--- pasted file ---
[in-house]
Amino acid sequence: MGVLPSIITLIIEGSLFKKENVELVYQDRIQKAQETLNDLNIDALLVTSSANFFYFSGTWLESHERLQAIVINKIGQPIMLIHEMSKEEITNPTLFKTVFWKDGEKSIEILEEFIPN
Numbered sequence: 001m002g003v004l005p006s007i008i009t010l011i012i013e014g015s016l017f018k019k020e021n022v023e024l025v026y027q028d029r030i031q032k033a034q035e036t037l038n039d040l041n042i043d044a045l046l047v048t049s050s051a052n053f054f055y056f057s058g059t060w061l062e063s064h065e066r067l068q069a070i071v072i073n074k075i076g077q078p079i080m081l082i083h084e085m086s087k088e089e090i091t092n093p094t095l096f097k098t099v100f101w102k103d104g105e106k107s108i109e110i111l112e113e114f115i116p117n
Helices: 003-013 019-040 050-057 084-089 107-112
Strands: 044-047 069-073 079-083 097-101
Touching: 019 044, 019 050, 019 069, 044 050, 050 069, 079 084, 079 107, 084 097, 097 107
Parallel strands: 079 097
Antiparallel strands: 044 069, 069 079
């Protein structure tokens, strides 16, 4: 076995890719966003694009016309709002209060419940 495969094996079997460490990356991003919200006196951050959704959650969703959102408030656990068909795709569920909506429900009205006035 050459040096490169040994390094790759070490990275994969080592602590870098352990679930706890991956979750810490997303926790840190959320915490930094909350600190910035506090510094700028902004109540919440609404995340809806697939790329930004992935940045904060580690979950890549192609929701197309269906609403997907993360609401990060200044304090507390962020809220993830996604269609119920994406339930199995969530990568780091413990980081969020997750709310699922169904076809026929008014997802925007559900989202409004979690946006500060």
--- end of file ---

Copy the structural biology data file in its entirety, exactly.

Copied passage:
[in-house]
Amino acid sequence: MGVLPSIITLIIEGSLFKKENVELVYQDRIQKAQETLNDLNIDALLVTSSANFFYFSGTWLESHERLQAIVINKIGQPIMLIHEMSKEEITNPTLFKTVFWKDGEKSIEILEEFIPN
Numbered sequence: 001m002g003v004l005p006s007i008i009t010l011i012i013e014g015s016l017f018k019k020e021n022v023e024l025v026y027q028d029r030i031q032k033a034q035e036t037l038n039d040l041n042i043d044a045l046l047v048t049s050s051a052n053f054f055y056f057s058g059t060w061l062e063s064h065e066r067l068q069a070i071v072i073n074k075i076g077q078p079i080m081l082i083h084e085m086s087k088e089e090i091t092n093p094t095l096f097k098t099v100f101w102k103d104g105e106k107s108i109e110i111l112e113e114f115i116p117n
Helices: 003-013 019-040 050-057 084-089 107-112
Strands: 044-047 069-073 079-083 097-101
Touching: 019 044, 019 050, 019 069, 044 050, 050 069, 079 084, 079 107, 084 097, 097 107
Parallel strands: 079 097
Antiparallel strands: 044 069, 069 079
């Protein structure tokens, strides 16, 4: 076995890719966003694009016309709002209060419940 495969094996079997460490990356991003919200006196951050959704959650969703959102408030656990068909795709569920909506429900009205006035 050459040096490169040994390094790759070490990275994969080592602590870098352990679930706890991956979750810490997303926790840190959320915490930094909350600190910035506090510094700028902004109540919440609404995340809806697939790329930004992935940045904060580690979950890549192609929701197309269906609403997907993360609401990060200044304090507390962020809220993830996604269609119920994406339930199995969530990568780091413990980081969020997750709310699922169904076809026929008014997802925007559900989202409004979690946006500060």